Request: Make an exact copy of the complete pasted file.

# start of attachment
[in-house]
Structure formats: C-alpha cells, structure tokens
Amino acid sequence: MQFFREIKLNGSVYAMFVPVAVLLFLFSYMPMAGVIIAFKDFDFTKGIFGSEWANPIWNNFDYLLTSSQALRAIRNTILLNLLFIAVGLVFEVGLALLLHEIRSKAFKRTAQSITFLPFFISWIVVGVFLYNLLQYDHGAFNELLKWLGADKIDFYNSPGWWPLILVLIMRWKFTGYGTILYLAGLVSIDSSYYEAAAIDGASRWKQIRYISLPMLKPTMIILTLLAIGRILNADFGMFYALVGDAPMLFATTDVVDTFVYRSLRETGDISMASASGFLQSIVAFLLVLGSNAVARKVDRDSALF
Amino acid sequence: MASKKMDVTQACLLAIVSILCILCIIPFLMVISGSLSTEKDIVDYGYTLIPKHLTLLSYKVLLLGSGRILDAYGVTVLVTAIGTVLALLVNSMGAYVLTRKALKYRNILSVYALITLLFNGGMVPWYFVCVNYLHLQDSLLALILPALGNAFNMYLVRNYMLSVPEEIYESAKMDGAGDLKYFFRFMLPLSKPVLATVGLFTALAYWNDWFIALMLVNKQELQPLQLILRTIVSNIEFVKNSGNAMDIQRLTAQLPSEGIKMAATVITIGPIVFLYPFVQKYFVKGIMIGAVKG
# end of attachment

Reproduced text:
[in-house]
Structure formats: C-alpha cells, structure tokens
Amino acid sequence: MQFFREIKLNGSVYAMFVPVAVLLFLFSYMPMAGVIIAFKDFDFTKGIFGSEWANPIWNNFDYLLTSSQALRAIRNTILLNLLFIAVGLVFEVGLALLLHEIRSKAFKRTAQSITFLPFFISWIVVGVFLYNLLQYDHGAFNELLKWLGADKIDFYNSPGWWPLILVLIMRWKFTGYGTILYLAGLVSIDSSYYEAAAIDGASRWKQIRYISLPMLKPTMIILTLLAIGRILNADFGMFYALVGDAPMLFATTDVVDTFVYRSLRETGDISMASASGFLQSIVAFLLVLGSNAVARKVDRDSALF
Amino acid sequence: MASKKMDVTQACLLAIVSILCILCIIPFLMVISGSLSTEKDIVDYGYTLIPKHLTLLSYKVLLLGSGRILDAYGVTVLVTAIGTVLALLVNSMGAYVLTRKALKYRNILSVYALITLLFNGGMVPWYFVCVNYLHLQDSLLALILPALGNAFNMYLVRNYMLSVPEEIYESAKMDGAGDLKYFFRFMLPLSKPVLATVGLFTALAYWNDWFIALMLVNKQELQPLQLILRTIVSNIEFVKNSGNAMDIQRLTAQLPSEGIKMAATVITIGPIVFLYPFVQKYFVKGIMIGAVKG